Operators Flee New Online Gambling Laws in Poland

Poland Online Gambling Laws Force Operators OutPoland’s new online gambling laws were, in theory, meant to build a more competitive and player-protective market. Instead, highlight the government’s intense greed, driving major operators out of the region due to an exorbitant tax rate that goes beyond what other jurisdictions deem reasonable.

On the whole, Poland’s new regulations seem to concur with other European markets. Operators must apply for licence, and must comply with strict player protection rules. But there’s one element that differs. Poland is collecting 12% tax from each operator’s turnover.

The new regulations went into effect on April 1, 2017, and already, global giants like Bet365, Pinnacle Sports, Paddy Power and William Hill have exited the Polish market.

12% Turnover Tax Too High

In other European jurisdictions, taxes are usually collected based on a company’s gross revenue. The UK, for example, collects 15% point of consumption tax on gross revenue from players’ wagers originating from the UK.

Poland, on the other hand, has chosen to tax an operator’s turnover, and that equates to a much, much higher taxation than 15% of gross revenue.

In some countries, like the US, gross revenue and turnover have the same meaning. That’s not the case in Europe. Turnover is defined as all proceeds generated from business, while gross revenue is defined as proceeds after cost.

To put that into perspective, William Hill’s 2016 Final Results reported a Net Revenue (turnover) of £1.6 billion. But the Adjusted Operating Profit (Gross Revenue) came in at just £261 million.

Poland can only tax revenue based on proceeds derived from Polish customers, which would be a mere fractions of the total earnings listed above (if the company chose to stay). But for arguments sake, the difference in 12% of turnover versus 12% of gross revenue, would be 192 million compared to 31.3 million.

Online Gambling Laws Deter Operators

We’ve seen this before in other regulated markets, especially in Europe, where high taxation in online gambling laws has been great for government, but very bad for business.

In 2010, France imposed a high tax rate of 8.5% turnover for online sports betting. That’s 8.5% of all wagers taken in, before accounting for winnings paid out. The government is raking in the cash, but operators have been losing money ever since. In the first five years, the government collected over a billion euros, while French-licenced sportsbooks lost more than €220 million combined.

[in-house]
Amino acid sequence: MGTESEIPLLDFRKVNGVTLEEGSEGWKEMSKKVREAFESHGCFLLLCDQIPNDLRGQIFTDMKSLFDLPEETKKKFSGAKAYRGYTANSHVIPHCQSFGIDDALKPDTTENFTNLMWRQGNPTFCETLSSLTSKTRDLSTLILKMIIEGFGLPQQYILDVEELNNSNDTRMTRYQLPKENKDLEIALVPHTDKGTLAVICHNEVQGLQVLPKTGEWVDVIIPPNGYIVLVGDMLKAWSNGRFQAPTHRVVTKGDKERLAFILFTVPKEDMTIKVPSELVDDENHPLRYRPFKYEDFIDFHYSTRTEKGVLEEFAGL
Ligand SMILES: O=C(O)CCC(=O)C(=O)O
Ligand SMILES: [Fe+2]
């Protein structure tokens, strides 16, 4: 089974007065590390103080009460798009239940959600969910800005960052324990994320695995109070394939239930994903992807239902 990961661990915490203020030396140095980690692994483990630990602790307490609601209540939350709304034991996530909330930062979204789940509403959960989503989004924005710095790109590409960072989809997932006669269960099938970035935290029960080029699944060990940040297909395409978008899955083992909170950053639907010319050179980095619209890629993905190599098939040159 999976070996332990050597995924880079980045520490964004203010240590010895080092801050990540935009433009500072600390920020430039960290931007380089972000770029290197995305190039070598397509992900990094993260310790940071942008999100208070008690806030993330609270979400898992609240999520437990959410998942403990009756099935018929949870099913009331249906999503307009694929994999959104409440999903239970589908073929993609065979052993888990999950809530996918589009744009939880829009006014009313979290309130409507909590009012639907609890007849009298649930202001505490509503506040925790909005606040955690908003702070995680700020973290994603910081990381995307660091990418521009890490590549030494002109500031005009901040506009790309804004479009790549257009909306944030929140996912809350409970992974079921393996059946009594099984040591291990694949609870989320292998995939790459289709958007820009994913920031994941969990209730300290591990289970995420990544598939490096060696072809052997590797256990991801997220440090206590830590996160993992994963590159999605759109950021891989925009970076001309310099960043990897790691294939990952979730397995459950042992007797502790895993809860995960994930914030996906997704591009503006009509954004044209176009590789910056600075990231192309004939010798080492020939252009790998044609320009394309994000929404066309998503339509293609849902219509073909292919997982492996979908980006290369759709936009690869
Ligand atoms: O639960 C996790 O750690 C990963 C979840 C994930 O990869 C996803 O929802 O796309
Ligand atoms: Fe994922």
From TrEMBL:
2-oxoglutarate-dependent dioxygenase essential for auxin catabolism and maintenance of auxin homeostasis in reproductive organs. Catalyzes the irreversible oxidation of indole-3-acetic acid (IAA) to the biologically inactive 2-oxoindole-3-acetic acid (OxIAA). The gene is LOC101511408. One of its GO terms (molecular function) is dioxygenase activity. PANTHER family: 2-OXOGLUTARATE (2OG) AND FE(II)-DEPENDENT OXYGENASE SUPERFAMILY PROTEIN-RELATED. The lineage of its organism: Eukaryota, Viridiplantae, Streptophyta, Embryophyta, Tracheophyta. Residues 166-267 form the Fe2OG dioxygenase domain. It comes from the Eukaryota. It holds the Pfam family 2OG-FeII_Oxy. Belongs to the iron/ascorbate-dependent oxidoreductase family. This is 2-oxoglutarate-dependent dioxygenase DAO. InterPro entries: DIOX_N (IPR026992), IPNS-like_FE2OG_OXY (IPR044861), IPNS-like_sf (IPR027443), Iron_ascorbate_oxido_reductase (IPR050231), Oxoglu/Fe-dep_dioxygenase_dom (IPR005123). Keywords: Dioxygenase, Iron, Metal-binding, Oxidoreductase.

The situation is similar in Spain, where online gambling laws enforce a 25% tax on gross revenue (earnings after cost). There’s just not enough room to compete or grow when the government imposes such high taxes, and it’s caused an exodus of operators in each of these locations.

Are Canada Online Gambling Laws Worse?

In Canada, operators aren’t even given the choice to acquire a licence and pay taxes to compete in the market. Only the provinces of British Columbia, Ontario and Quebec offer regulated iGaming, and they all hold monopolies on the activity by mandating that only their respective government can offer online gambling.

Laws like these don’t bode well for players, who are essentially forced to play at the highly restrictive Canadian-regulated websites – where promotions are all-but non-existent and sports bets are limited to parlays – or take their wagers to offshore websites.

Fortunately, the online gambling laws in Canada don’t prevent players from accessing offshore gambling sites, and there are several highly reputable, internationally regulated choices. The new regulations in Poland aren’t so ambiguous, and could coerce local players to gaming at black-market websites, where vital protections may or may not exist.

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